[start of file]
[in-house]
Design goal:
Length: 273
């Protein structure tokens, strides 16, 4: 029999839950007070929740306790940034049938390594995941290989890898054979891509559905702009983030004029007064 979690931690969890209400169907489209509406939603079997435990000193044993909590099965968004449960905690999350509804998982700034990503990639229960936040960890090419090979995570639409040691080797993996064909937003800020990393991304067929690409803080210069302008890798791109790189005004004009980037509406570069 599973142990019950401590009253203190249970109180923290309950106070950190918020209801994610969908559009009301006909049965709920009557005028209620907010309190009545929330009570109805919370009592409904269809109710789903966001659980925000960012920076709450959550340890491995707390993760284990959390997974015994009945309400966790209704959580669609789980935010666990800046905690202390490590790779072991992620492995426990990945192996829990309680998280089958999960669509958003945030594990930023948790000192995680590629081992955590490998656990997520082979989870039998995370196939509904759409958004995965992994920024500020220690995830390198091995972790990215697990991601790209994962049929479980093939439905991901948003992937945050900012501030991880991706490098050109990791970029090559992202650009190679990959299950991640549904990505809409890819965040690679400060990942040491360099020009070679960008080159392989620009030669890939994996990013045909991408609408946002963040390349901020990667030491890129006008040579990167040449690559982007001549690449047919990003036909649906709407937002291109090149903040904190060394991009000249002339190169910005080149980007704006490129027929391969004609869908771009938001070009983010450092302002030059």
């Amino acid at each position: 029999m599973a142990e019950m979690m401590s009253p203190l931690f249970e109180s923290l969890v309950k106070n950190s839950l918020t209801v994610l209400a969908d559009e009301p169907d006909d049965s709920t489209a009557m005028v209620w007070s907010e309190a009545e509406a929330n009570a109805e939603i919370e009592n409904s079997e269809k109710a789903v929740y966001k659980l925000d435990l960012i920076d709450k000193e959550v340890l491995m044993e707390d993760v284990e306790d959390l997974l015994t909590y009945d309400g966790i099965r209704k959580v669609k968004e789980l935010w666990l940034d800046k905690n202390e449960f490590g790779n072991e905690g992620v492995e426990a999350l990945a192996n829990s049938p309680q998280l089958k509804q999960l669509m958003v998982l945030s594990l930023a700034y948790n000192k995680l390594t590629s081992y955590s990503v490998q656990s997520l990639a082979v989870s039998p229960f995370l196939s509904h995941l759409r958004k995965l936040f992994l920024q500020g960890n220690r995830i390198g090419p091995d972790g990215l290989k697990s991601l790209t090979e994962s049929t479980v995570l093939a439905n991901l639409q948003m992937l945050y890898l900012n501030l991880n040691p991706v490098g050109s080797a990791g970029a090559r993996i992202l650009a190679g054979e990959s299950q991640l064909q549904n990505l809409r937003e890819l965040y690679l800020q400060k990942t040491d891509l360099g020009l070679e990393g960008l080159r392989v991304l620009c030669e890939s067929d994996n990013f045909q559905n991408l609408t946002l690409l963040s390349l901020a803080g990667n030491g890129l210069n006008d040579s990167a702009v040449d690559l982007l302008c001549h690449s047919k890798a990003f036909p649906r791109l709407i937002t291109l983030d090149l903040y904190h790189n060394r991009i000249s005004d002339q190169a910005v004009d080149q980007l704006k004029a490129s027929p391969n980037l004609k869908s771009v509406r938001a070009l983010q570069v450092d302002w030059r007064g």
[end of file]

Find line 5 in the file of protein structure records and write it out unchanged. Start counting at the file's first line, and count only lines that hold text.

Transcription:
């Amino acid at each position: 029999m599973a142990e019950m979690m401590s009253p203190l931690f249970e109180s923290l969890v309950k106070n950190s839950l918020t209801v994610l209400a969908d559009e009301p169907d006909d049965s709920t489209a009557m005028v209620w007070s907010e309190a009545e509406a929330n009570a109805e939603i919370e009592n409904s079997e269809k109710a789903v929740y966001k659980l925000d435990l960012i920076d709450k000193e959550v340890l491995m044993e707390d993760v284990e306790d959390l997974l015994t909590y009945d309400g966790i099965r209704k959580v669609k968004e789980l935010w666990l940034d800046k905690n202390e449960f490590g790779n072991e905690g992620v492995e426990a999350l990945a192996n829990s049938p309680q998280l089958k509804q999960l669509m958003v998982l945030s594990l930023a700034y948790n000192k995680l390594t590629s081992y955590s990503v490998q656990s997520l990639a082979v989870s039998p229960f995370l196939s509904h995941l759409r958004k995965l936040f992994l920024q500020g960890n220690r995830i390198g090419p091995d972790g990215l290989k697990s991601l790209t090979e994962s049929t479980v995570l093939a439905n991901l639409q948003m992937l945050y890898l900012n501030l991880n040691p991706v490098g050109s080797a990791g970029a090559r993996i992202l650009a190679g054979e990959s299950q991640l064909q549904n990505l809409r937003e890819l965040y690679l800020q400060k990942t040491d891509l360099g020009l070679e990393g960008l080159r392989v991304l620009c030669e890939s067929d994996n990013f045909q559905n991408l609408t946002l690409l963040s390349l901020a803080g990667n030491g890129l210069n006008d040579s990167a702009v040449d690559l982007l302008c001549h690449s047919k890798a990003f036909p649906r791109l709407i937002t291109l983030d090149l903040y904190h790189n060394r991009i000249s005004d002339q190169a910005v004009d080149q980007l704006k004029a490129s027929p391969n980037l004609k869908s771009v509406r938001a070009l983010q570069v450092d302002w030059r007064g």